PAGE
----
Damned if he does, damned if he doesn’t, David Cameron stands accused of both those overused clichés, a lurch to the right and abandoning Tory values. “David is incredibly unemotional about it all,” says a tired aide. “I’d have lost it weeks ago, but he appears to almost expect it now.” Johan Eliasch, a party deputy treasurer, popped up to announce that he was off because he thought Cameron was appeasing the headbangers. Most of the recent criticism from within the party, however, has come from the opposite direction.
Michael Ancram, a former deputy leader, is well liked, but choosing the morning of the launch of the Conservatives’ public services review to attack Cameron for “trashing Thatcher’s legacy” was textbook Tory timing. Those who had spent hours working on the report were not best pleased. An older backbencher chum suggested Ancram was being “mischievous”. A younger shadow minister was livid that, once again, the headlines had been “hijacked by the self-indulgent, archaic ramblings of a bored man who has no idea how to win an election”.
Party members and hard-working candidates, furious with Ancram, vented their frustration on Conservative-leaning blogs. A Central Office employee said: “He’s apologised using the excuse, ‘I thought you made all your announcements on a Monday.’ It’s all quite annoying.” An MP familiar with Ancram’s guitar talents and his penchant for contemporary music took a more personal route: he suggested he should “retreat to his castle and practise his Coldplay chords”.
After a dispiriting August, the return to the political fray had started well for the Tories with polls showing that they were narrowing the gap on Gordon Brown, making a snap general election far less likely. Then came Ancram. The mood, however, is not one of panic. One Cameron strategist put it like this: “The ‘core vote’ Ancram strategy, by definition, will never win an election. Electoral victories are built on building a coalition – look at the Reagan Democrats, the Blair Tories. We need to get back to coalition-building and if this coalition leaves Ancram out, then so be it. The unreconstructed left bitched and moaned about Blair and his new Labour Party, so all this is expected.”
As ever, the modernisers draw on examples from the Blair textbook. “Blair wore his frequent criticism from old-school Labour as a badge of honour to demonstrate that his party had moved on. Ancram is not the first to find fault in our strategy, and he will not be the last. Realistically, we are expecting many more. The difference between us and Labour in 1997 is that the left were quicker to come to the constructive conclusion they should stand by the politician the party voted for and the brand they bought in to.”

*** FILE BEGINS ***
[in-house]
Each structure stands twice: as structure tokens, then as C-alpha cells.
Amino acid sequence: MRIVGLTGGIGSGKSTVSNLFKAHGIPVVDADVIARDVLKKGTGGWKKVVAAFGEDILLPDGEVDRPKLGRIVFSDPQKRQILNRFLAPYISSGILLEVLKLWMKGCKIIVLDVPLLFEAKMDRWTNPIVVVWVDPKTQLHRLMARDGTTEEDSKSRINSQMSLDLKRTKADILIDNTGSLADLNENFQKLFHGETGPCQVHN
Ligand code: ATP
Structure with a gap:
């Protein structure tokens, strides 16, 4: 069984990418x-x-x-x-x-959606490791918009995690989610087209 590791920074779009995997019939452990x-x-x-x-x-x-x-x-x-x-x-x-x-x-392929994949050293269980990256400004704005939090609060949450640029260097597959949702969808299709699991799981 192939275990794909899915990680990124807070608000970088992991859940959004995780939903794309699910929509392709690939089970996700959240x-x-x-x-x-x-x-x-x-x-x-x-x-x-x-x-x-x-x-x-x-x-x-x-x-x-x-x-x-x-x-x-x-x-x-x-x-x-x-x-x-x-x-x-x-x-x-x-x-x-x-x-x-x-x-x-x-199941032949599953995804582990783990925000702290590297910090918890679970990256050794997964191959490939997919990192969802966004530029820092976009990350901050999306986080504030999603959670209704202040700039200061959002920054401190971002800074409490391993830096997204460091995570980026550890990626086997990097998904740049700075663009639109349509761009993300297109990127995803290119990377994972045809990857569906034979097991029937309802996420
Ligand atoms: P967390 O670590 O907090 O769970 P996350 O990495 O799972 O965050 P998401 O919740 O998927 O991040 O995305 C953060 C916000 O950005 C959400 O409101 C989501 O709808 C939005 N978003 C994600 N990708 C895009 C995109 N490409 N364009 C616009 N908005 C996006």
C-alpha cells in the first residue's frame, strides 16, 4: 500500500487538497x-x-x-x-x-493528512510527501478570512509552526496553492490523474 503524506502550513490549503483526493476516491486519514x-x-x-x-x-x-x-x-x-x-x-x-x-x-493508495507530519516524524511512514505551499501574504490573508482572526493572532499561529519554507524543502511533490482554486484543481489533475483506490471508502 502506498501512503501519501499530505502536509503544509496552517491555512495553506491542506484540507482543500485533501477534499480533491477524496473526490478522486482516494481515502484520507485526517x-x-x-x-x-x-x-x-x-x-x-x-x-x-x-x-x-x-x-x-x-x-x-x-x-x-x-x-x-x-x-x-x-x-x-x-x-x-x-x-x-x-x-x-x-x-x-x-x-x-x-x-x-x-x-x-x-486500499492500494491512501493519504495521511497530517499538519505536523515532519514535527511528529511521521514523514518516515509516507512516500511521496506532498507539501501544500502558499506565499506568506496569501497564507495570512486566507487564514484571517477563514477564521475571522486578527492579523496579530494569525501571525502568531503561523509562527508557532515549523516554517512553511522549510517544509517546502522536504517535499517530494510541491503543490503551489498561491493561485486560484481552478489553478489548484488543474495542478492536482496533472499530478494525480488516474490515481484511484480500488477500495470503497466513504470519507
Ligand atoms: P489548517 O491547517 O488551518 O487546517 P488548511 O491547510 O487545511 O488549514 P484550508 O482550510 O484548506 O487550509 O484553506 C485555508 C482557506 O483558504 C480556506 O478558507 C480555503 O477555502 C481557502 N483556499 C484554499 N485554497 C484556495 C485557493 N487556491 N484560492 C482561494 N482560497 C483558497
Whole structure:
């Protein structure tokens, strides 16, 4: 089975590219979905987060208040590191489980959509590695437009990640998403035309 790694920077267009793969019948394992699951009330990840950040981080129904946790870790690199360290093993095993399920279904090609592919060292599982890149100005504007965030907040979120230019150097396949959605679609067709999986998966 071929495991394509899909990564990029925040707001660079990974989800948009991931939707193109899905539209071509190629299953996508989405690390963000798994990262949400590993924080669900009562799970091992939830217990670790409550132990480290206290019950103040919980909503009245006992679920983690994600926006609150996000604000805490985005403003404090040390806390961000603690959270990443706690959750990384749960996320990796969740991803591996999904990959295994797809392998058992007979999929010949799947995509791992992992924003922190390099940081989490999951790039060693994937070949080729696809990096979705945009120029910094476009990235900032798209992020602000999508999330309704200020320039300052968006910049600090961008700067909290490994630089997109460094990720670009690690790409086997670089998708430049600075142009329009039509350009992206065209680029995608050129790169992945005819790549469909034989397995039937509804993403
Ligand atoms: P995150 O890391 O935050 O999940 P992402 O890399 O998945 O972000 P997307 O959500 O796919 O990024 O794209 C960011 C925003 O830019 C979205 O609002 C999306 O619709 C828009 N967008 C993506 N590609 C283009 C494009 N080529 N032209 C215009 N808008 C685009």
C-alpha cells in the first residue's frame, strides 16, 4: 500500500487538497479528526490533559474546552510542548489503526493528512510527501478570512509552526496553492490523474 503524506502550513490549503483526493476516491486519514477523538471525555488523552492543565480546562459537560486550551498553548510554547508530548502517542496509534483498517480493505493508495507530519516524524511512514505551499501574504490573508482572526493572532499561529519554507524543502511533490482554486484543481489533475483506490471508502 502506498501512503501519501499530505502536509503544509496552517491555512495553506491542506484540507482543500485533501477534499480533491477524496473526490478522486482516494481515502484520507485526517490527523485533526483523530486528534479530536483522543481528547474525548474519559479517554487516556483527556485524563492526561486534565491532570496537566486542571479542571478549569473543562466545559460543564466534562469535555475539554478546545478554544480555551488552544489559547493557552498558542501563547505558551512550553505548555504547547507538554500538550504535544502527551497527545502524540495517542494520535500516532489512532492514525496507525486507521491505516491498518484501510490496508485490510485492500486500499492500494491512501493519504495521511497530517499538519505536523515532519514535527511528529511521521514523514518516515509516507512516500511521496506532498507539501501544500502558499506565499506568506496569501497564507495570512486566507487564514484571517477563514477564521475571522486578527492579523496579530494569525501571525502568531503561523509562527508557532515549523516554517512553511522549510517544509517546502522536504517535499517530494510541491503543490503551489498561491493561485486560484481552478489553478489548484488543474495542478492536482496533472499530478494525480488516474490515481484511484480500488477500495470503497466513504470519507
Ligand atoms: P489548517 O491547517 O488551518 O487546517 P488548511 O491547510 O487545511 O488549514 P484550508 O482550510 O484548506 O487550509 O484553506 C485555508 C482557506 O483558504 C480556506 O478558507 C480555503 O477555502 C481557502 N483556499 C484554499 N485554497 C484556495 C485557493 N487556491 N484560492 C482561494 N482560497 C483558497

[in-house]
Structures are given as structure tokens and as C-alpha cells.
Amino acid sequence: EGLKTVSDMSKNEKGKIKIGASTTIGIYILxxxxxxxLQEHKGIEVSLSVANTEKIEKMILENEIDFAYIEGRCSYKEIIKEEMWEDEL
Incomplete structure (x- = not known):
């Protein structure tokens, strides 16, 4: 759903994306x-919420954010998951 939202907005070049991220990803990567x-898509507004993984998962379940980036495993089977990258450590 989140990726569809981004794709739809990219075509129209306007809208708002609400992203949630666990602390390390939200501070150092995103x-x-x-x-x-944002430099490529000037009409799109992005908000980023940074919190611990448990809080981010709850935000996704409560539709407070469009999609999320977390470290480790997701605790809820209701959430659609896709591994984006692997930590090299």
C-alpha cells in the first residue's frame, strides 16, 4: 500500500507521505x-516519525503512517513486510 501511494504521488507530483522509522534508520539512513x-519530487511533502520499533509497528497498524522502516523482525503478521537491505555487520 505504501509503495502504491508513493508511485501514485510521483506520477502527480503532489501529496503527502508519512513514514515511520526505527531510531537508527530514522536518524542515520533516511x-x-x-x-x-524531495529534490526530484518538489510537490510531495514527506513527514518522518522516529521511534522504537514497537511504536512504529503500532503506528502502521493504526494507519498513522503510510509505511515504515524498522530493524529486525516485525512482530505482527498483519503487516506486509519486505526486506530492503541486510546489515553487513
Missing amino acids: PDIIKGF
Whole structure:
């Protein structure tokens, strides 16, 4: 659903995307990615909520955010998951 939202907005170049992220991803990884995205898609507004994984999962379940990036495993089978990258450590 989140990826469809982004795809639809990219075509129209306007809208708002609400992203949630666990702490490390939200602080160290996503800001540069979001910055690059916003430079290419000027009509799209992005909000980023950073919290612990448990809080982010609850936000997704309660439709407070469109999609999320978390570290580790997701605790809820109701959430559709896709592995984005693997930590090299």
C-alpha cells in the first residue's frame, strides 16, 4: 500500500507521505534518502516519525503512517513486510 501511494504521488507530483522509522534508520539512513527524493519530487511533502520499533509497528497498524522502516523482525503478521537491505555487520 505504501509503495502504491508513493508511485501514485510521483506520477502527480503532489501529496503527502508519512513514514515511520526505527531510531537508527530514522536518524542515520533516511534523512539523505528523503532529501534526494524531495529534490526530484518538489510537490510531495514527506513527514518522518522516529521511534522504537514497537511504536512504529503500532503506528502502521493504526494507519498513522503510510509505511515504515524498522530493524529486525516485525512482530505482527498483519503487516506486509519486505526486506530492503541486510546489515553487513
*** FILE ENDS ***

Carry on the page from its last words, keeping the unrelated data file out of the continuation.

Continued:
News that the MP Patrick Mercer, who had been forced to quit as homeland security spokesman after a row over alleged racist comments, and his fellow Tory John Bercow are to advise the Prime Minister in the areas of security and children did not, as one might expect, go down well.
Although the party gave an official “not bothered” response, the feeling behind the scenes is far more uncomfortable. There is a belief that Mercer and Bercow are two carefully chosen victims. A frustrated MP said: “Brown has pulled a blinder by picking them. He’s singled out two disaffected MPs and given them meaningless jobs, sacrificial lambs.” A friend of Mercer’s and Bercow’s said: “These two have been played like pawns. Brown has no respect for either of them. I’m amazed that they fell for it. Ego, I suppose.”
Matchbox-sized Bercow has long been touted around as a possible defector. His Commons office on the fourth floor of Portcullis House is very close to that of Quentin Davies, the treacherous Gran tham MP who jumped ship to Labour in June. Those in surrounding offices refer to their patch as “Turncoat Corridor”.
Staff at Conservative Party headquarters, now armed with all but one of their policy reviews, have not abandoned preparations for an October poll. Over the next few weeks, MPs in target seats or those affected by boundary changes are to have meetings with Roger Pratt, an official who works specifically on constituency issues, in preparation for an early election call. Pratt has asked all of them to put together a detailed grid, particularly for the first 72 hours of campaigning. The plans will include visits to each seat by five shadow cabinet members. The dedicated target seats team has set up a specific “helpline” for those in need of advice.
All is not earnestness and gloom at head quarters. When not firefighting the remarks of ex-chairmen and other malcontents, a group of press officers is taking part in a “sponsored moustache” for a cancer charity. The three spin doctors are competing over the next four weeks to see who best cultivates that most dashing look of Peter Mandelson, circa 1985.